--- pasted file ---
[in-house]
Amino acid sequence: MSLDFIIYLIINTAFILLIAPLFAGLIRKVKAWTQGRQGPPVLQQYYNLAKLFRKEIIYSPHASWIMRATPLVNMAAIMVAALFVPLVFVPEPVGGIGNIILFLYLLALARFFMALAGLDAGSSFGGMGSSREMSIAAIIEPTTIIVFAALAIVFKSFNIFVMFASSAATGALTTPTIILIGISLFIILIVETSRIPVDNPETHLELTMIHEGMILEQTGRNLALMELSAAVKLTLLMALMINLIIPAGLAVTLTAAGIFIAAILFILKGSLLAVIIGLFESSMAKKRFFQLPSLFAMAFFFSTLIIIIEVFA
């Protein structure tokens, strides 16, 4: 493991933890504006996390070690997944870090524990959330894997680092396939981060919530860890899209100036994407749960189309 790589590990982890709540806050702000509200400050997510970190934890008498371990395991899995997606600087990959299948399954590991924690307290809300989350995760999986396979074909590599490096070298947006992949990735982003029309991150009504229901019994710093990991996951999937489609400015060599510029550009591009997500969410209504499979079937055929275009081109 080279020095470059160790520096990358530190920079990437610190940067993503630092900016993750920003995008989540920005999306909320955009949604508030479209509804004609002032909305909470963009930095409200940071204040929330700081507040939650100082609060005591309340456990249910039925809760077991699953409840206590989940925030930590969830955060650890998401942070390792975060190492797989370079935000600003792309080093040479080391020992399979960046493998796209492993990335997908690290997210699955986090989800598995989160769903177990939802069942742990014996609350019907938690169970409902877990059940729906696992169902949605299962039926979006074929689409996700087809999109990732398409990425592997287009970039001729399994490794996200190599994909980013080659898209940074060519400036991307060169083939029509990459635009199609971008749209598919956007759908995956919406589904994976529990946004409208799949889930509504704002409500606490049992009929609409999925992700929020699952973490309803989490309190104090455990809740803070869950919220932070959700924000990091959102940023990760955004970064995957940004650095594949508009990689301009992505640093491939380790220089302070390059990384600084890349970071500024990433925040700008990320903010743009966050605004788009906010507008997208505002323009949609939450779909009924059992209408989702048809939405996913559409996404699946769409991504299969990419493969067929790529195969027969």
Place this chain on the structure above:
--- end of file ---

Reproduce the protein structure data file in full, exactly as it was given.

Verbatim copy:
[in-house]
Amino acid sequence: MSLDFIIYLIINTAFILLIAPLFAGLIRKVKAWTQGRQGPPVLQQYYNLAKLFRKEIIYSPHASWIMRATPLVNMAAIMVAALFVPLVFVPEPVGGIGNIILFLYLLALARFFMALAGLDAGSSFGGMGSSREMSIAAIIEPTTIIVFAALAIVFKSFNIFVMFASSAATGALTTPTIILIGISLFIILIVETSRIPVDNPETHLELTMIHEGMILEQTGRNLALMELSAAVKLTLLMALMINLIIPAGLAVTLTAAGIFIAAILFILKGSLLAVIIGLFESSMAKKRFFQLPSLFAMAFFFSTLIIIIEVFA
């Protein structure tokens, strides 16, 4: 493991933890504006996390070690997944870090524990959330894997680092396939981060919530860890899209100036994407749960189309 790589590990982890709540806050702000509200400050997510970190934890008498371990395991899995997606600087990959299948399954590991924690307290809300989350995760999986396979074909590599490096070298947006992949990735982003029309991150009504229901019994710093990991996951999937489609400015060599510029550009591009997500969410209504499979079937055929275009081109 080279020095470059160790520096990358530190920079990437610190940067993503630092900016993750920003995008989540920005999306909320955009949604508030479209509804004609002032909305909470963009930095409200940071204040929330700081507040939650100082609060005591309340456990249910039925809760077991699953409840206590989940925030930590969830955060650890998401942070390792975060190492797989370079935000600003792309080093040479080391020992399979960046493998796209492993990335997908690290997210699955986090989800598995989160769903177990939802069942742990014996609350019907938690169970409902877990059940729906696992169902949605299962039926979006074929689409996700087809999109990732398409990425592997287009970039001729399994490794996200190599994909980013080659898209940074060519400036991307060169083939029509990459635009199609971008749209598919956007759908995956919406589904994976529990946004409208799949889930509504704002409500606490049992009929609409999925992700929020699952973490309803989490309190104090455990809740803070869950919220932070959700924000990091959102940023990760955004970064995957940004650095594949508009990689301009992505640093491939380790220089302070390059990384600084890349970071500024990433925040700008990320903010743009966050605004788009906010507008997208505002323009949609939450779909009924059992209408989702048809939405996913559409996404699946769409991504299969990419493969067929790529195969027969």
Place this chain on the structure above: